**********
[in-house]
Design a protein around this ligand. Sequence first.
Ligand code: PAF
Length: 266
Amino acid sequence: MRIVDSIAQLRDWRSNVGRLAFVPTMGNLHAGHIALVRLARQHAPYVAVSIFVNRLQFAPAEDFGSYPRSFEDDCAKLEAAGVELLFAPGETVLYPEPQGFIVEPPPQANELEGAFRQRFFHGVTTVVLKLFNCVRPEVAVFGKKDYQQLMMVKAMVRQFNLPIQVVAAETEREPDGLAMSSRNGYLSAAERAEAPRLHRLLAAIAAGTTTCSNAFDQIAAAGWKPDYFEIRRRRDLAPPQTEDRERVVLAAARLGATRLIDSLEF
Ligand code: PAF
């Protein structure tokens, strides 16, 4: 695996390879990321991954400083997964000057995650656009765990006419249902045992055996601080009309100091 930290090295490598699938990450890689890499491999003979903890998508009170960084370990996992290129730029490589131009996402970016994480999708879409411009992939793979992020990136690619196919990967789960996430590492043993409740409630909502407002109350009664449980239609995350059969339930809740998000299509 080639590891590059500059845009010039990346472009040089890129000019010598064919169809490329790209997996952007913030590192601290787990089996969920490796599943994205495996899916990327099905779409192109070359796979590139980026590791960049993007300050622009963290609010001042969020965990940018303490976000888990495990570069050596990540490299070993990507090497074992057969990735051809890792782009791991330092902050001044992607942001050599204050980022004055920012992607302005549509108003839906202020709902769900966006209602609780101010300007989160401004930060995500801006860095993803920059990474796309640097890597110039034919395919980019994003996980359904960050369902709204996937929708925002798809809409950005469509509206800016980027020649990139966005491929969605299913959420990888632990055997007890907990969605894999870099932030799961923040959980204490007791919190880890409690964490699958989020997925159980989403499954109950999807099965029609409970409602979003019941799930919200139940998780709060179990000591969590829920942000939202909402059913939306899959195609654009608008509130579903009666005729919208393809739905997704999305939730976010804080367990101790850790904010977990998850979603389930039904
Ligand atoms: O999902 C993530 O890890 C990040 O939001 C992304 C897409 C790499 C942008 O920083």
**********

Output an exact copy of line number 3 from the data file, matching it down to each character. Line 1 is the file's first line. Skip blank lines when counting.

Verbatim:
Ligand code: PAF